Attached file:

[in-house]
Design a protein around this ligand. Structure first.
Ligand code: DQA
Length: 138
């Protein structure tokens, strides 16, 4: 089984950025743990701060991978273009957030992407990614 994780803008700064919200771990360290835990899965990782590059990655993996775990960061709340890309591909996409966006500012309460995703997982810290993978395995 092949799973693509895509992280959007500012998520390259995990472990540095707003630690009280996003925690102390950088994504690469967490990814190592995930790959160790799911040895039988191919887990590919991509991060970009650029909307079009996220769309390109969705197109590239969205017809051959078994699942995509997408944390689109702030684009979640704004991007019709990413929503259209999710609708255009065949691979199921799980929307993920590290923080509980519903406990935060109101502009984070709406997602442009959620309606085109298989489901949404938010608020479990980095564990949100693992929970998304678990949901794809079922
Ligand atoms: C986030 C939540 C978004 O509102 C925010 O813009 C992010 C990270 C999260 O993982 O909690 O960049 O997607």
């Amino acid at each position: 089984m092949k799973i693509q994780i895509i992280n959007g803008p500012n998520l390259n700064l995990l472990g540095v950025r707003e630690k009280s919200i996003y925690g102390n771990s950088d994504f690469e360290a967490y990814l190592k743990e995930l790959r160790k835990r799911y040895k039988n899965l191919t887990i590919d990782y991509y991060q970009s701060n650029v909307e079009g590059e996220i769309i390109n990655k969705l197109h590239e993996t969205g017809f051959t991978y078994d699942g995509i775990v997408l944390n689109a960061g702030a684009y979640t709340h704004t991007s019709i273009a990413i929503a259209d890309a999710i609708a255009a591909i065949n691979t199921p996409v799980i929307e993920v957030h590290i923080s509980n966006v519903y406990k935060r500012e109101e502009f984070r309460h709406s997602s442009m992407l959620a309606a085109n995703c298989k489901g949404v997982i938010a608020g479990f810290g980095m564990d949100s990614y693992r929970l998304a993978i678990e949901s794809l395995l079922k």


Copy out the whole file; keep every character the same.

[in-house]
Design a protein around this ligand. Structure first.
Ligand code: DQA
Length: 138
């Protein structure tokens, strides 16, 4: 089984950025743990701060991978273009957030992407990614 994780803008700064919200771990360290835990899965990782590059990655993996775990960061709340890309591909996409966006500012309460995703997982810290993978395995 092949799973693509895509992280959007500012998520390259995990472990540095707003630690009280996003925690102390950088994504690469967490990814190592995930790959160790799911040895039988191919887990590919991509991060970009650029909307079009996220769309390109969705197109590239969205017809051959078994699942995509997408944390689109702030684009979640704004991007019709990413929503259209999710609708255009065949691979199921799980929307993920590290923080509980519903406990935060109101502009984070709406997602442009959620309606085109298989489901949404938010608020479990980095564990949100693992929970998304678990949901794809079922
Ligand atoms: C986030 C939540 C978004 O509102 C925010 O813009 C992010 C990270 C999260 O993982 O909690 O960049 O997607």
């Amino acid at each position: 089984m092949k799973i693509q994780i895509i992280n959007g803008p500012n998520l390259n700064l995990l472990g540095v950025r707003e630690k009280s919200i996003y925690g102390n771990s950088d994504f690469e360290a967490y990814l190592k743990e995930l790959r160790k835990r799911y040895k039988n899965l191919t887990i590919d990782y991509y991060q970009s701060n650029v909307e079009g590059e996220i769309i390109n990655k969705l197109h590239e993996t969205g017809f051959t991978y078994d699942g995509i775990v997408l944390n689109a960061g702030a684009y979640t709340h704004t991007s019709i273009a990413i929503a259209d890309a999710i609708a255009a591909i065949n691979t199921p996409v799980i929307e993920v957030h590290i923080s509980n966006v519903y406990k935060r500012e109101e502009f984070r309460h709406s997602s442009m992407l959620a309606a085109n995703c298989k489901g949404v997982i938010a608020g479990f810290g980095m564990d949100s990614y693992r929970l998304a993978i678990e949901s794809l395995l079922k």